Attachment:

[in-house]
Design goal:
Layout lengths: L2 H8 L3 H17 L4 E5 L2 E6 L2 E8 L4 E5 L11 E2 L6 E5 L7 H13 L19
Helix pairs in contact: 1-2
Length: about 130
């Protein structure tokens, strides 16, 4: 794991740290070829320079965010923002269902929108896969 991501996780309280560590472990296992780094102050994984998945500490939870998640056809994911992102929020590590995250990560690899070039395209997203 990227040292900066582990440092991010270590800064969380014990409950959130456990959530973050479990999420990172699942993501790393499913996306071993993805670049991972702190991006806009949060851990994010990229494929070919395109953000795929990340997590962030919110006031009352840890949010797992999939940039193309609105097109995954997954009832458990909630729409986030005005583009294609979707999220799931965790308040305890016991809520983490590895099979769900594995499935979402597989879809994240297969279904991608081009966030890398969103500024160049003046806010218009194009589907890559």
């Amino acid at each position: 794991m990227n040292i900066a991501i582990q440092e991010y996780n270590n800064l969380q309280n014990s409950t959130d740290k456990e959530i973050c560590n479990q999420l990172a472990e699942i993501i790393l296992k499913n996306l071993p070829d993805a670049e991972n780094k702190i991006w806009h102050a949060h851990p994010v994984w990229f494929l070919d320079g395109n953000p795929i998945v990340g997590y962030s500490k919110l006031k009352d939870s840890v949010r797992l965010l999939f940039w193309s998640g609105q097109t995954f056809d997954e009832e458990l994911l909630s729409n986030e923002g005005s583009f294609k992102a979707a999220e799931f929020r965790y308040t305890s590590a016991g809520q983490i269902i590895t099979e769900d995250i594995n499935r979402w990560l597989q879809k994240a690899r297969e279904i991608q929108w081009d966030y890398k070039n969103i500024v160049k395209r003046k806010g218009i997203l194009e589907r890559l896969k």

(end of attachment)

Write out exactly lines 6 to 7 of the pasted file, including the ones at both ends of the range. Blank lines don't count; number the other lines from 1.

């Protein structure tokens, strides 16, 4: 794991740290070829320079965010923002269902929108896969 991501996780309280560590472990296992780094102050994984998945500490939870998640056809994911992102929020590590995250990560690899070039395209997203 990227040292900066582990440092991010270590800064969380014990409950959130456990959530973050479990999420990172699942993501790393499913996306071993993805670049991972702190991006806009949060851990994010990229494929070919395109953000795929990340997590962030919110006031009352840890949010797992999939940039193309609105097109995954997954009832458990909630729409986030005005583009294609979707999220799931965790308040305890016991809520983490590895099979769900594995499935979402597989879809994240297969279904991608081009966030890398969103500024160049003046806010218009194009589907890559």
């Amino acid at each position: 794991m990227n040292i900066a991501i582990q440092e991010y996780n270590n800064l969380q309280n014990s409950t959130d740290k456990e959530i973050c560590n479990q999420l990172a472990e699942i993501i790393l296992k499913n996306l071993p070829d993805a670049e991972n780094k702190i991006w806009h102050a949060h851990p994010v994984w990229f494929l070919d320079g395109n953000p795929i998945v990340g997590y962030s500490k919110l006031k009352d939870s840890v949010r797992l965010l999939f940039w193309s998640g609105q097109t995954f056809d997954e009832e458990l994911l909630s729409n986030e923002g005005s583009f294609k992102a979707a999220e799931f929020r965790y308040t305890s590590a016991g809520q983490i269902i590895t099979e769900d995250i594995n499935r979402w990560l597989q879809k994240a690899r297969e279904i991608q929108w081009d966030y890398k070039n969103i500024v160049k395209r003046k806010g218009i997203l194009e589907r890559l896969k």